The weather here in South Carolina has turned blissfully autumnal, which means we can finally partake in all manner of outdoor activities without dying of heat exposure and dehydration. The humidity has calmed itself to a bearable level, and the mornings and nights are crisp and cool.
One of my enterprising neighbors—and most dogged constituents—took advantage of the cool weather this weekend to test out an inflatable projector screen. He invited me to join his family for a private, driveway screening of the original 1977 Star Wars, later entitled Star Wars: Episode IV – A New Hope. Specifically, he screened the “de-specialized” version, as he called it, so there was none of the clunky 1990s CGI additions of the special editions.
In other words, it’s the way Star Wars was intended… before George Lucas changed his mind and decided to change his own films.
As for the film itself, readers are surely familiar with the classic story, which follows Joseph Campbell’s theory of the “monomyth” and the hero’s call to adventure, with generous inspiration pulled from Flash Gordon serials and samurai films. George Lucas also acknowledged the influence of Akira Kurosawa‘s films, specifically the concept of a story told from the points of view of its two lowliest characters: C-3PO and R2-D2.
A quick recap: Princess Leia Organa is taken captive in the opening minutes of the film, as the Sith Lord Darth Vader boards her ship, which is ostensibly on a diplomatic mission. Secretly, Princess Leia is smuggling plans for the Death Star, the Galactic Empire’s new super weapon, to the Rebel Alliance.
Her two droid companions, C-3PO and R2-D2, escape on a pod to the desert planet of Tatooine, where—after a hairy encounter with some scavenging Jawas—they end up on a moisture farm with the young and restless Luke Skywalker. Luke dreams of adventures in the galaxy, and hopes to leave behind the mundane life of a moisture farmer in the harsh desert.
The spunky R2-D2 leads Luke to Obi-Wan Kenobi, a legendary Jedi Master. Kenobi urges Luke to train with him, but Luke refuses, citing his obligations to his aunt and uncle. They return to find the Empire has destroyed Luke’s family; having no reason to stay, Luke agrees to depart the planet with Kenobi in search of Princess Leia.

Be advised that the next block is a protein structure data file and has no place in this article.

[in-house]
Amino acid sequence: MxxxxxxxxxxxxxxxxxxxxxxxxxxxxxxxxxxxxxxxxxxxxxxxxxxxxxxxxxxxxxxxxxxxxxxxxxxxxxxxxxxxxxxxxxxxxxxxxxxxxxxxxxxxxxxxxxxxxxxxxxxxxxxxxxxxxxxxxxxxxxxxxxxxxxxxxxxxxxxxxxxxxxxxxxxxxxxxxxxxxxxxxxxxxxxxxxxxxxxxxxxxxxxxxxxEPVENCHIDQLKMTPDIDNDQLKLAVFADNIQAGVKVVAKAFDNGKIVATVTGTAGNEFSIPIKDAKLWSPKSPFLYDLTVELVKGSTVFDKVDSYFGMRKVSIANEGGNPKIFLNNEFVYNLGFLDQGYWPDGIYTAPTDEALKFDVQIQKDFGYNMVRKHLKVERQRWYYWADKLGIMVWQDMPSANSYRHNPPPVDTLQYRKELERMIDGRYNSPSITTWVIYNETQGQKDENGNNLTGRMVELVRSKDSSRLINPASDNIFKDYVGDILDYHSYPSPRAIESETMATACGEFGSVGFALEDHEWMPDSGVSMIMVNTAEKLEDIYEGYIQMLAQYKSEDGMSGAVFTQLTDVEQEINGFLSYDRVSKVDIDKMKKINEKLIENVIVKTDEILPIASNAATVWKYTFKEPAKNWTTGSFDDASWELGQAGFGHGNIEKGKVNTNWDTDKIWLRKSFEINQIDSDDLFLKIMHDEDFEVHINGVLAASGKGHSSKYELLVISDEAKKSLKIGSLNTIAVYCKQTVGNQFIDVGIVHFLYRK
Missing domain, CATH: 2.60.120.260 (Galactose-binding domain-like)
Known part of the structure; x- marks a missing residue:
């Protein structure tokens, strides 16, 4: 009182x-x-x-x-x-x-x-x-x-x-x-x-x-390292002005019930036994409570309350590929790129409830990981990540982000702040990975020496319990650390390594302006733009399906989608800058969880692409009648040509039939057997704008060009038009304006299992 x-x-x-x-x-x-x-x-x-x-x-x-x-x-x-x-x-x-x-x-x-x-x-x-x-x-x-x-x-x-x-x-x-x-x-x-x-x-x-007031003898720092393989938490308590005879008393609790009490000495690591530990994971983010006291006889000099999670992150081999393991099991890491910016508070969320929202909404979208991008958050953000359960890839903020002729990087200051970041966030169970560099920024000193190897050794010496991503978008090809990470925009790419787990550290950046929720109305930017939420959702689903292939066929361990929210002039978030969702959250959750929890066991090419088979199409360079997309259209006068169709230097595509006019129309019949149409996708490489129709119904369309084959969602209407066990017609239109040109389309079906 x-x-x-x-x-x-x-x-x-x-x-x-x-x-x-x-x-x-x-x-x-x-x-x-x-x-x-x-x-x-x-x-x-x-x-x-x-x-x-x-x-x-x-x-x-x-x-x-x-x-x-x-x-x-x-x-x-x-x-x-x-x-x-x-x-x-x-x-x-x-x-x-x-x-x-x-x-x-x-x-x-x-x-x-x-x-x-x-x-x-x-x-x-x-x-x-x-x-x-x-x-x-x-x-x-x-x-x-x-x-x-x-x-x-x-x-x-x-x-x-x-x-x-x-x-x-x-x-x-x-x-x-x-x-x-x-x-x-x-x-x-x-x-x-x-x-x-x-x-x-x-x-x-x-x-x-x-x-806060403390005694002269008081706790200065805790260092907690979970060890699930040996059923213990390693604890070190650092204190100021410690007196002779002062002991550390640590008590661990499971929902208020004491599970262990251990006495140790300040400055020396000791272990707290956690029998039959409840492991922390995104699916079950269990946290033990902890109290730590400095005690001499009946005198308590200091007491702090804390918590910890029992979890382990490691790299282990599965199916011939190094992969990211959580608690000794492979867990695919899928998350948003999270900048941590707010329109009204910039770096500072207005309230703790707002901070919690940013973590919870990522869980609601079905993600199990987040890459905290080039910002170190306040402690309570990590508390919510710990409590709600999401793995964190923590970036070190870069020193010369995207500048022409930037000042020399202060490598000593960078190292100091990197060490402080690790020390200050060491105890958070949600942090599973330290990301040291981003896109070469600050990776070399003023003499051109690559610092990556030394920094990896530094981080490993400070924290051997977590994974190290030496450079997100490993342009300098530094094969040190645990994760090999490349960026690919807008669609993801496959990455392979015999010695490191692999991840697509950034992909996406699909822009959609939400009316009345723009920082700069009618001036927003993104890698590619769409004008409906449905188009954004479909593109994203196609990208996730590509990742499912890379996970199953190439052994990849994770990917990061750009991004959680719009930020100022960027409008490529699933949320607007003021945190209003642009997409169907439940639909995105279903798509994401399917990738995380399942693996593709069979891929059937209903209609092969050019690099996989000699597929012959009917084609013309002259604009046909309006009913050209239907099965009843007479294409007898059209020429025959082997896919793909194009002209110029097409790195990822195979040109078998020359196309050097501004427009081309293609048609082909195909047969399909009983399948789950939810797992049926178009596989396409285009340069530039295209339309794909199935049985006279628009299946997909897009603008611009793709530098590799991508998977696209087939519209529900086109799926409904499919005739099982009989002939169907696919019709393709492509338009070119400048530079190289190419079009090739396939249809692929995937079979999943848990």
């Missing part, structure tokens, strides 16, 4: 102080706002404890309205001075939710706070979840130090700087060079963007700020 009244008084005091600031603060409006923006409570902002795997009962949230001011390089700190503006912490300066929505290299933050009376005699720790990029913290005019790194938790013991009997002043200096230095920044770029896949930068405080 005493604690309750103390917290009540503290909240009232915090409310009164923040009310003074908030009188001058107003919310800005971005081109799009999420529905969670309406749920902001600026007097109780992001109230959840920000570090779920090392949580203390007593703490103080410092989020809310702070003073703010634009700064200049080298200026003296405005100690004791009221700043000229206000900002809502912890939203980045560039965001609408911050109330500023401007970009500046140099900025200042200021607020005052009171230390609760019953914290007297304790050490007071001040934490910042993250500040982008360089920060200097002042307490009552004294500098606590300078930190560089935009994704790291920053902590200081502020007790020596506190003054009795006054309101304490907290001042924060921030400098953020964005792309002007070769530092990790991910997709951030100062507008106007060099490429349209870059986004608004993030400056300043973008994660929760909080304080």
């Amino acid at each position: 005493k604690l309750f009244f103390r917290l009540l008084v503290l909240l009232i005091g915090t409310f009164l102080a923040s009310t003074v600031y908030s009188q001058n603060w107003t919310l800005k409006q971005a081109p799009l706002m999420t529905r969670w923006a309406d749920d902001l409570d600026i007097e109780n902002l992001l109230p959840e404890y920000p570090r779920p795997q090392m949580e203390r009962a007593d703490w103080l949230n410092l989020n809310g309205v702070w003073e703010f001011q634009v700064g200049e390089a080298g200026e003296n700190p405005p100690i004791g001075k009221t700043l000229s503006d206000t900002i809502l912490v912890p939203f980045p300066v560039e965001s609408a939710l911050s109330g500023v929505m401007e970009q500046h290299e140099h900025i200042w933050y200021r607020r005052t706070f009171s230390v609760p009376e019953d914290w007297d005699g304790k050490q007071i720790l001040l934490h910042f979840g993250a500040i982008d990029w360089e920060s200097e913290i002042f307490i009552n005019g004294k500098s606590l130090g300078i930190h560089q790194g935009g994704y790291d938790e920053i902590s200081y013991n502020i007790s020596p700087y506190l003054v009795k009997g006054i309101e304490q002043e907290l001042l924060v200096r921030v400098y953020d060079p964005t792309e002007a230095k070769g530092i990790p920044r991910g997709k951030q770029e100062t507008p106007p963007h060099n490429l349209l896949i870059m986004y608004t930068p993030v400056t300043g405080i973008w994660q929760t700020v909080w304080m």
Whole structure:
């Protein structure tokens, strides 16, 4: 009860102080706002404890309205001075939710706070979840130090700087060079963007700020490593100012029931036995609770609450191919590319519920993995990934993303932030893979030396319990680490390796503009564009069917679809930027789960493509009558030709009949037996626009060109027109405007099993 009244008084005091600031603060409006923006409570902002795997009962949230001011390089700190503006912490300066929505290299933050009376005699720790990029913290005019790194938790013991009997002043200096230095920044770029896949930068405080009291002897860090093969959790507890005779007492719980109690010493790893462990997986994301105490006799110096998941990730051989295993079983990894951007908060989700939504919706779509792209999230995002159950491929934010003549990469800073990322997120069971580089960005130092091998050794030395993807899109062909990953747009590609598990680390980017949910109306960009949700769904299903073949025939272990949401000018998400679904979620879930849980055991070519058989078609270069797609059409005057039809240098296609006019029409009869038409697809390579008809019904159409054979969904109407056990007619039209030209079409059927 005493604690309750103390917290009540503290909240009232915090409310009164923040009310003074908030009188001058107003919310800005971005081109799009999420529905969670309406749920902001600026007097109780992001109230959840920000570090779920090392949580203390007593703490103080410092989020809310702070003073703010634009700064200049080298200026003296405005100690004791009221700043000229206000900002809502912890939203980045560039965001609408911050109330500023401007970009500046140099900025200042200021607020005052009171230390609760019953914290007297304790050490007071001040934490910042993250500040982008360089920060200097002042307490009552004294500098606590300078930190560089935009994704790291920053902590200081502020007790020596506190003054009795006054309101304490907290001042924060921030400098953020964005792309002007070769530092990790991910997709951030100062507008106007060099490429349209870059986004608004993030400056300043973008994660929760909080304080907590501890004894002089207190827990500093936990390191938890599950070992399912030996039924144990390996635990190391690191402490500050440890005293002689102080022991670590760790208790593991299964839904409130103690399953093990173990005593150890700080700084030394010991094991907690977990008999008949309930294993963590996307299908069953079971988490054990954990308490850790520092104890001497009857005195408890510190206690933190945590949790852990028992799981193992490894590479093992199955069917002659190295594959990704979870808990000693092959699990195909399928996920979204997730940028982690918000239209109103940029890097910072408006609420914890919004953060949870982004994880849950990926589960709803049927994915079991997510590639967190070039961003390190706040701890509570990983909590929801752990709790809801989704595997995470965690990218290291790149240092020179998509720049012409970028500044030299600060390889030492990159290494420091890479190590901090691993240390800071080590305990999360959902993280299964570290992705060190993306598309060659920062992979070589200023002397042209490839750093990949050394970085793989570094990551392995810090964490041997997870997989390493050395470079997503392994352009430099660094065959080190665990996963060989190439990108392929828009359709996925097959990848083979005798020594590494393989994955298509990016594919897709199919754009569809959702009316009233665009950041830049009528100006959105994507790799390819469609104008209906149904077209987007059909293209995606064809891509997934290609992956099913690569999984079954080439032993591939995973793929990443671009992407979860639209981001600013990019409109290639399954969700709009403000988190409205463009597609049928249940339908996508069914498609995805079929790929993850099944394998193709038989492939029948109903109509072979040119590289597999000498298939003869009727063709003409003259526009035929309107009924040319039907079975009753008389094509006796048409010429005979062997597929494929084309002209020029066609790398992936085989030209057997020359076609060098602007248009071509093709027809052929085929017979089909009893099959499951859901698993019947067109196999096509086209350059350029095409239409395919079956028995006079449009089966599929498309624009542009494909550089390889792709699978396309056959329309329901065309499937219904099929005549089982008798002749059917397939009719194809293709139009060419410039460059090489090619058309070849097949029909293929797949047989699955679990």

To book passage off of Tatooine, they hire the rogue smuggler Han Solo and his Wookie co-pilot, Chewbacca. After some scuffles with local lowlifes, the mercenary Greedo, and Imperial Stormtroopers, the group escapes Tatooine.
From there, they reach the Death Star, which traps Han’s ship, the Millennium Falcon, in its tractor beam. That begins a two-part mission: disable the tractor beam from within the ship, and safe Princess Leia, who the group discovers is held prisoner aboard the ship, awaiting execution.
By this point, Leia has seen her home world, Alderaan, destroyed in a display of the Death Star’s immense power. In a desperate attempt to save her home planet, she revealed the location of the Rebel Alliance’s base on Dantooine, and the Empire sets a course for the planet to wipe out the Rebellion once and for all.
The gang all manage to make it back to the Falcon, only for Luke to witness his mentor fall to Darth Vader’s blade. Kenobi’s voice urges Luke to run, and the crew narrowly escape the Death Star.
With the base’s plans finally reaching the Rebel headquarters on Dantooine, the fledgling Rebellion stages a daring final assault on the Death Star, exploiting a weakness in its design—an exhaust port bay that leads to the heart of the station. Two proton torpedoes into the bay would trigger a chain reaction, destroying the Death Star and saving Dantooine.
The rest writes itself. What struck me about Star Wars—next to The Empire Strikes Back, probably my favorite of the Star Wars films—is that it is an incredibly slow burn. Whenever I remember the film, there are many iconic scenes that come to mind, but it never seems quite so long.